Besides the simple fact that his art annoys me, what I think differentiates Land from the other artists out there who use photographs as the inspiration for their work (like Tony Harris) is that those other artists take the photos themselves, so they are not cutting any middle man out of the deal. Tony Harris takes a photo, then Tony Harris draws from the photo – no one is going uncredited. However, when you do like Land, and search through movies, etc. to find a look you like, then use the computer to trace over the image to get the image into the work – someone IS going uncredited – the photographer/director/cinematographer who framed the original shot.
That should probably be its own “Cronin Theory of Comics,” but it is worth noting here because, well, every Land comic I read, it’s an issue! There is so little actually, you know, DRAWING in the comic. In fact, I specifically went looking for when I would first see the first “drawing” page, and when I hit it, I was impressed – until I realized that it was the page that Mitch Breitweiser started drawing!!! Breitweiser did a good job, by the by.
It’s a shame, because Millar has created himself a nice little final story right out of the Silver Age, in that the Fantastic Four have exactly ten days to banish their evil zombie counterparts back to their zombie dimension before the opportunity is lost forever. In addition, there is an alien parasite living inside of Johnny that, when hatched, could destroy the Earth. It will hatch in seven days. Reed is forced to consult with Doctor Doom to save Johnny, but while they are visiting Doom, the zombie Fantastic Four are about to escape.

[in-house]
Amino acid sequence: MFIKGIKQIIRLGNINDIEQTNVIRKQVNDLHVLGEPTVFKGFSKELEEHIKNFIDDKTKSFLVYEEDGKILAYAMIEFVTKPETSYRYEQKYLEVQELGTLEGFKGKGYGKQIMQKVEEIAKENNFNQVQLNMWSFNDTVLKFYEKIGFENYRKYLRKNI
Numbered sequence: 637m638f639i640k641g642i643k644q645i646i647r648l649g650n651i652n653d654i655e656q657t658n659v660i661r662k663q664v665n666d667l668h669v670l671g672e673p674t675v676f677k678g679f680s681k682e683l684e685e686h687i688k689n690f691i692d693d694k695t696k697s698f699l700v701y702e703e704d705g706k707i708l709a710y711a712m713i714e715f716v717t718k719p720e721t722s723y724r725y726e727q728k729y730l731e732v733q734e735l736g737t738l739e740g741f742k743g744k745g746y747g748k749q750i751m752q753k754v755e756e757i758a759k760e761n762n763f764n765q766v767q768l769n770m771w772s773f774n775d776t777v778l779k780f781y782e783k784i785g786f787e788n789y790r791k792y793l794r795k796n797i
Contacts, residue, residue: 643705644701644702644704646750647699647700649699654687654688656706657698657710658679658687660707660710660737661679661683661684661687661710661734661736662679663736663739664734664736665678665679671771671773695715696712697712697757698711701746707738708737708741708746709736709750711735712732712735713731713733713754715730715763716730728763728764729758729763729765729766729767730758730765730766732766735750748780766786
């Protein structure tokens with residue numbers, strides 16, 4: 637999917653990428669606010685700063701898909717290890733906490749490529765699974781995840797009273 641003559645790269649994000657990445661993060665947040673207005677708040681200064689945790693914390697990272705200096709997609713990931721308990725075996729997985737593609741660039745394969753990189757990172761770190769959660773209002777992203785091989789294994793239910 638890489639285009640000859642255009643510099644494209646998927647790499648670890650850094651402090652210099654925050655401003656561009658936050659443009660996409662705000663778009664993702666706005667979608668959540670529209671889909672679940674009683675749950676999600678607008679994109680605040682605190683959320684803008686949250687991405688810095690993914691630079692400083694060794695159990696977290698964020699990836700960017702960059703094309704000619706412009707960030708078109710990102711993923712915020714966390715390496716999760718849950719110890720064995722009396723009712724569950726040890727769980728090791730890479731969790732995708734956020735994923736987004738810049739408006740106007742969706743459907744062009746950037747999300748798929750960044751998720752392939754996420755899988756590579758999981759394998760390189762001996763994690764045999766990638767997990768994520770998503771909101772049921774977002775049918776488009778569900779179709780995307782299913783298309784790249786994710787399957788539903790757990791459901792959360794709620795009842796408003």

Doesn’t that sound like a fun little story?
As it’s basically a set-up issue, the key to the story is whether the character bits are interesting, and I think they were in this issue. There was a fun (if overlong) opening with Johnny saving a brain-dead moron from a fiery death. Johnny has a great line when he learns he is essentially “pregnant” with the alien. The interaction between Reed and his older, Zombie counterpart is interesting, although the Sudoku thing is a bit TOO cute, as really, I sincerely doubt Reed Richards would ever actually play the Sudoku in the paper, as it would be just waaaaay too easy for him. It’d be like an adult playing Jumble, Jr. “UGR? Damn, that’s hard? Uhmmm…GRU? No, no…uhmmm…URG? Damn you, Jumble, Jr.!” It just wouldn’t happen.
All said and done, I think I will fall short of actually recommending this issue. The Land art was waaaay annoying. And the story, while fun, is still a bit too heavy on the set-up to overcome the crummy art for 2/3rd of the book.
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